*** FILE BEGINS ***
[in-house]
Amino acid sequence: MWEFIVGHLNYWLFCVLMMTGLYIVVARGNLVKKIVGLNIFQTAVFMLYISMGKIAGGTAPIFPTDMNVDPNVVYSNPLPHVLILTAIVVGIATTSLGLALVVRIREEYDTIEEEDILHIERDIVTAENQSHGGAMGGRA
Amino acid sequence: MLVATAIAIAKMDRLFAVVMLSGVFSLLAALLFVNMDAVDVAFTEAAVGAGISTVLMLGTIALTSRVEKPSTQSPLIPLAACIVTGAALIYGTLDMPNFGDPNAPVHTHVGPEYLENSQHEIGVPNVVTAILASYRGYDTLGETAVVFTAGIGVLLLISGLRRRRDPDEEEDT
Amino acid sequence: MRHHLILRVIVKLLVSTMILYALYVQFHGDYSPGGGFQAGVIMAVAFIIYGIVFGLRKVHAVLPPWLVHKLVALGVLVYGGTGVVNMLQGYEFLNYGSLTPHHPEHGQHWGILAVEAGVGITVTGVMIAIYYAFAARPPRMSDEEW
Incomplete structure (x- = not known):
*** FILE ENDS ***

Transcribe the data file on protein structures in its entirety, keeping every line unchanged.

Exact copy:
[in-house]
Amino acid sequence: MWEFIVGHLNYWLFCVLMMTGLYIVVARGNLVKKIVGLNIFQTAVFMLYISMGKIAGGTAPIFPTDMNVDPNVVYSNPLPHVLILTAIVVGIATTSLGLALVVRIREEYDTIEEEDILHIERDIVTAENQSHGGAMGGRA
Amino acid sequence: MLVATAIAIAKMDRLFAVVMLSGVFSLLAALLFVNMDAVDVAFTEAAVGAGISTVLMLGTIALTSRVEKPSTQSPLIPLAACIVTGAALIYGTLDMPNFGDPNAPVHTHVGPEYLENSQHEIGVPNVVTAILASYRGYDTLGETAVVFTAGIGVLLLISGLRRRRDPDEEEDT
Amino acid sequence: MRHHLILRVIVKLLVSTMILYALYVQFHGDYSPGGGFQAGVIMAVAFIIYGIVFGLRKVHAVLPPWLVHKLVALGVLVYGGTGVVNMLQGYEFLNYGSLTPHHPEHGQHWGILAVEAGVGITVTGVMIAIYYAFAARPPRMSDEEW
Incomplete structure (x- = not known):